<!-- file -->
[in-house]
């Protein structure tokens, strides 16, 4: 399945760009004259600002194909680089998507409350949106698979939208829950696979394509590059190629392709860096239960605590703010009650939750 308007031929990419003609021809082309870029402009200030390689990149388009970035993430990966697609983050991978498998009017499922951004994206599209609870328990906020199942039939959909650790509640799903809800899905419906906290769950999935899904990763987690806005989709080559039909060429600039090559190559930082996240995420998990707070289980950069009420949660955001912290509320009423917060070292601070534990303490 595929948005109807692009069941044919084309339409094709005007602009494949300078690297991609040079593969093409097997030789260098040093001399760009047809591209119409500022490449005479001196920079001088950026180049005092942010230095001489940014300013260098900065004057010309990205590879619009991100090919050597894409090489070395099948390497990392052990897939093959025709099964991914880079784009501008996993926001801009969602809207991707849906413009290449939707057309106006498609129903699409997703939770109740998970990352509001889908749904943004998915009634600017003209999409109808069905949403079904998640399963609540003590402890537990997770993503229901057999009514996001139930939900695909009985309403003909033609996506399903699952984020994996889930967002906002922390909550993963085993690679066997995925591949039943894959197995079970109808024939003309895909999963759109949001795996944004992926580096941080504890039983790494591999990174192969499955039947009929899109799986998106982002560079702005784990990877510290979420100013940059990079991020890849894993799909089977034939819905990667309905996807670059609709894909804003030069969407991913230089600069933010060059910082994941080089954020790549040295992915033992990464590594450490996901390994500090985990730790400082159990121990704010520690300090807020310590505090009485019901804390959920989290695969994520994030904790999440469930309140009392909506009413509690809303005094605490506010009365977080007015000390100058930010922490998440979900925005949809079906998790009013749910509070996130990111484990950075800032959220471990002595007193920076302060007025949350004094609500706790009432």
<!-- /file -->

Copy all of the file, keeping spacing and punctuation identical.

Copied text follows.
[in-house]
């Protein structure tokens, strides 16, 4: 399945760009004259600002194909680089998507409350949106698979939208829950696979394509590059190629392709860096239960605590703010009650939750 308007031929990419003609021809082309870029402009200030390689990149388009970035993430990966697609983050991978498998009017499922951004994206599209609870328990906020199942039939959909650790509640799903809800899905419906906290769950999935899904990763987690806005989709080559039909060429600039090559190559930082996240995420998990707070289980950069009420949660955001912290509320009423917060070292601070534990303490 595929948005109807692009069941044919084309339409094709005007602009494949300078690297991609040079593969093409097997030789260098040093001399760009047809591209119409500022490449005479001196920079001088950026180049005092942010230095001489940014300013260098900065004057010309990205590879619009991100090919050597894409090489070395099948390497990392052990897939093959025709099964991914880079784009501008996993926001801009969602809207991707849906413009290449939707057309106006498609129903699409997703939770109740998970990352509001889908749904943004998915009634600017003209999409109808069905949403079904998640399963609540003590402890537990997770993503229901057999009514996001139930939900695909009985309403003909033609996506399903699952984020994996889930967002906002922390909550993963085993690679066997995925591949039943894959197995079970109808024939003309895909999963759109949001795996944004992926580096941080504890039983790494591999990174192969499955039947009929899109799986998106982002560079702005784990990877510290979420100013940059990079991020890849894993799909089977034939819905990667309905996807670059609709894909804003030069969407991913230089600069933010060059910082994941080089954020790549040295992915033992990464590594450490996901390994500090985990730790400082159990121990704010520690300090807020310590505090009485019901804390959920989290695969994520994030904790999440469930309140009392909506009413509690809303005094605490506010009365977080007015000390100058930010922490998440979900925005949809079906998790009013749910509070996130990111484990950075800032959220471990002595007193920076302060007025949350004094609500706790009432």